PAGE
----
Welcome to Ebbing, Missouri, the not-so-serene small town where Mildred Haynes has had enough. The tough-as-nails mother, played by Frances McDormand, has an epiphany while passing by a trio of dilapidated billboards on the road near her remote home. She pools what money she has to call out the local police department who have failed to solve the rape and murder of her daughter and thus sets the stage for Three Billboards Outside Ebbing, Missouri.
Mildred is a force of nature, channeling her grief and guilt over her daughter’s death into a singular focus, lighting a fire under the local police force who have seemingly let the case go cold. But the billboards also unleash a chain reaction of pain within the town, where the beloved police chief Willoughby (Woody Harrelson) sadly has no response for the grieving but unforgiving Mildred, who doesn’t flinch upon Willoughby’s revelation that he’s dying of cancer. As Mildred sees it, her move should only ignite him to solve the case before he passes.
The billboards also turn the local police force, some of the town’s citizens and leaders and even her own son (Lucas Hedges) against her and put her in the crosshairs of her physically abusive ex-husband (John Hawkes), who unwittingly helped to fund the billboards.
But while the film hinges on the case, writer / director Martin McDonagh makes it less about the whodunit and more about how each of the flawed and broken characters in the film deal with the hands they’ve been dealt. McDermott’s dogged determination takes her down a very dark path until a realization from the most unlikely of sources helps her start to turn a corner. Willoughby’s journey also proves to be a turning point for Mildred as well as his dim, short-tempered officer Dixon (Sam Rockwell), who arguably makes the biggest strides within the film’s time span.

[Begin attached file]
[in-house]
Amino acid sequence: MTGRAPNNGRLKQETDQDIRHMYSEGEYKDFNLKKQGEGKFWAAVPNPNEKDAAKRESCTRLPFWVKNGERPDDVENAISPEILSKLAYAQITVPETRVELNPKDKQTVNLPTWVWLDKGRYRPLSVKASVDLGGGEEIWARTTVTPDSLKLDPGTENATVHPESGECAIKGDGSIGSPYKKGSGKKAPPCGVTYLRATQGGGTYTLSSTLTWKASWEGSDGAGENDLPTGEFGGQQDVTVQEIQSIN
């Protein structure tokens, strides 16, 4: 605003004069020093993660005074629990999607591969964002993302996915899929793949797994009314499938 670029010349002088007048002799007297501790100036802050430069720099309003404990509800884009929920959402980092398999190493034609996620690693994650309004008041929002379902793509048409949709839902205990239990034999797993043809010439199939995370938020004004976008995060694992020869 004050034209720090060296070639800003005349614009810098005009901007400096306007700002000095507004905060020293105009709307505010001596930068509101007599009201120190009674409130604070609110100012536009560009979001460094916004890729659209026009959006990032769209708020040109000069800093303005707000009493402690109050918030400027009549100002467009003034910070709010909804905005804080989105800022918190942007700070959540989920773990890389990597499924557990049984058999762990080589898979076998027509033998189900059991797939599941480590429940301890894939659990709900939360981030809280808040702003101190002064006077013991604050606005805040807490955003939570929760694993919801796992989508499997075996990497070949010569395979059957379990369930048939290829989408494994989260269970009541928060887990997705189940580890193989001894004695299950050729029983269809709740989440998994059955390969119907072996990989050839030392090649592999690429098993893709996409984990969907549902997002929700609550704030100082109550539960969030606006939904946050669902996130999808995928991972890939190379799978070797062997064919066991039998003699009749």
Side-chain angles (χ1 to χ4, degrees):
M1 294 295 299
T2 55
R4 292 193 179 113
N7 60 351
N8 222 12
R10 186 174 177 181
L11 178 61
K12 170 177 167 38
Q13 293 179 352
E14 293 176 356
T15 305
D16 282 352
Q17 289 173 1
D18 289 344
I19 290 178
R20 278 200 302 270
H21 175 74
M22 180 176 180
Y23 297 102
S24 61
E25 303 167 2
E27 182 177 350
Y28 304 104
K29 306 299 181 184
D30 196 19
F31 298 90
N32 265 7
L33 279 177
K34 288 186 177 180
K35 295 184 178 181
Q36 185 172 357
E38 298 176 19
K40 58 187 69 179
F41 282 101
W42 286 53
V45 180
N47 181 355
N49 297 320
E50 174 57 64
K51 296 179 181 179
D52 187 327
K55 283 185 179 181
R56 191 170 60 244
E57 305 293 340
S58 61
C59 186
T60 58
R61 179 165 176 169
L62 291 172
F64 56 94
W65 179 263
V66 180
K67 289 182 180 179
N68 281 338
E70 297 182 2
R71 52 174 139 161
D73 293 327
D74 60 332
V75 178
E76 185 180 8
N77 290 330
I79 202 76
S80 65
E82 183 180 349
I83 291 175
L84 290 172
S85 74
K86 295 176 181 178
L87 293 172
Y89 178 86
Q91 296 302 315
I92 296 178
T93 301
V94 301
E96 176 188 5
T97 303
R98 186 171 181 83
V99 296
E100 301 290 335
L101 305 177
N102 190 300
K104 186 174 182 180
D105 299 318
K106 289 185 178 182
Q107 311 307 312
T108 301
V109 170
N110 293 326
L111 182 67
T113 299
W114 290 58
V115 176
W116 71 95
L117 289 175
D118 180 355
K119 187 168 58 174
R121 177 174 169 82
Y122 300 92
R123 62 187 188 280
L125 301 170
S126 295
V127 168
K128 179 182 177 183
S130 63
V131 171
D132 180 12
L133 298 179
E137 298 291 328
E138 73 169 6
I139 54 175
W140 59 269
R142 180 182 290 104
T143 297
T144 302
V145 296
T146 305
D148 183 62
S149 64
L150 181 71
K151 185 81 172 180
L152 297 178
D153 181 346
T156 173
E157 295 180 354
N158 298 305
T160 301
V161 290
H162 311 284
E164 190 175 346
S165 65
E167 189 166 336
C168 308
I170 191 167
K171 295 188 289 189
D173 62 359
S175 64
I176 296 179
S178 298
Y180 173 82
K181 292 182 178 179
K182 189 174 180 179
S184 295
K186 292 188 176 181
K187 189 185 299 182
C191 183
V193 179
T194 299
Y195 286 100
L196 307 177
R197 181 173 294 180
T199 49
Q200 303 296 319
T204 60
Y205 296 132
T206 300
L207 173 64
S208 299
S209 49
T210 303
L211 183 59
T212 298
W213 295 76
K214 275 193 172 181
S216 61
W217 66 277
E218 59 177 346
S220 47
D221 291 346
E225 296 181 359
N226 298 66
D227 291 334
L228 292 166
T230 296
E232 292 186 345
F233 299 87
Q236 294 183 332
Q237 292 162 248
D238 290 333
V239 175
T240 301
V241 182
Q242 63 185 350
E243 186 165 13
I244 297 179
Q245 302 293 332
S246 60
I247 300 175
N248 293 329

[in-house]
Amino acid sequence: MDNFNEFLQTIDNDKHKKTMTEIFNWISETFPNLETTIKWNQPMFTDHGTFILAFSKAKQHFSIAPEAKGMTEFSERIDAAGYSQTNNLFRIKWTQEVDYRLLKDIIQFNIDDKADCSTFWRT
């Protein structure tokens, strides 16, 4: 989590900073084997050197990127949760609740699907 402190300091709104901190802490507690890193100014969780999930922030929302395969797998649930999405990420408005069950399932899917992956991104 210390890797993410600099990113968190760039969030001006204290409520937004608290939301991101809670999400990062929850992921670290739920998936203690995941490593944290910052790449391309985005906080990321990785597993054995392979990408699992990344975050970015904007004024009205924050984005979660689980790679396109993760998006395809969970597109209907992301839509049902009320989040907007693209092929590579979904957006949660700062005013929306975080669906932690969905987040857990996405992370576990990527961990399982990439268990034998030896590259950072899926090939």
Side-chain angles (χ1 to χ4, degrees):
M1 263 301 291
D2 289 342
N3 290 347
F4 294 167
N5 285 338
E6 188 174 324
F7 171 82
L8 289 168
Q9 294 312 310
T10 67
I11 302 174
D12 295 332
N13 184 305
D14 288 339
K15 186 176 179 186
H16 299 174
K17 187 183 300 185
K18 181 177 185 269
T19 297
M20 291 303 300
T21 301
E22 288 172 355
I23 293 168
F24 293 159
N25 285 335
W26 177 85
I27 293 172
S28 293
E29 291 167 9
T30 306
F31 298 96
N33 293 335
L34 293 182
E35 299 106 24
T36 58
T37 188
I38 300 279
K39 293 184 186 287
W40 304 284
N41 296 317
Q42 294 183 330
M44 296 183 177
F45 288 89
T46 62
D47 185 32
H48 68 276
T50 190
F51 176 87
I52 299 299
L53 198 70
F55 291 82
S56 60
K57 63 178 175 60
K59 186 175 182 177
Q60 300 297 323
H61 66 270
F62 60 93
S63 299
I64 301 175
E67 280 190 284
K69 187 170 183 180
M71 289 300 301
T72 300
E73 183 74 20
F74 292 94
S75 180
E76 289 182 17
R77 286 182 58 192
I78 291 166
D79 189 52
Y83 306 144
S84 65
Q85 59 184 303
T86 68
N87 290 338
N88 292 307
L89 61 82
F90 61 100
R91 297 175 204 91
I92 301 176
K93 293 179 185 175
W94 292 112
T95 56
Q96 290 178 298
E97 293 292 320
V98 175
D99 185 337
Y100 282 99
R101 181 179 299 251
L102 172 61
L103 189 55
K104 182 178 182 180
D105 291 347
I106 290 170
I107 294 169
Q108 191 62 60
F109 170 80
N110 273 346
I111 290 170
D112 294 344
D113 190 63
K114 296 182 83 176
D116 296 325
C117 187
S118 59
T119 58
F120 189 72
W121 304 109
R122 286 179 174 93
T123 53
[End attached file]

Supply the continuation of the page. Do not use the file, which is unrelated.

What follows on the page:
While the subject matter is definitely dark and the characters flawed, the performances are outstanding. McDormand, who McDonagh had in mind while writing the role, is as close to a shoe-in as there is for a Best Actress nod, while Harrelson and Rockwell have been getting supporting actor talk and even some early accolades. You can also look for the film to be in the hunt for Best Picture when the Oscar nominees are announced, as this murder mystery isn’t your typical formulaic film.
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Posted by Ari Coine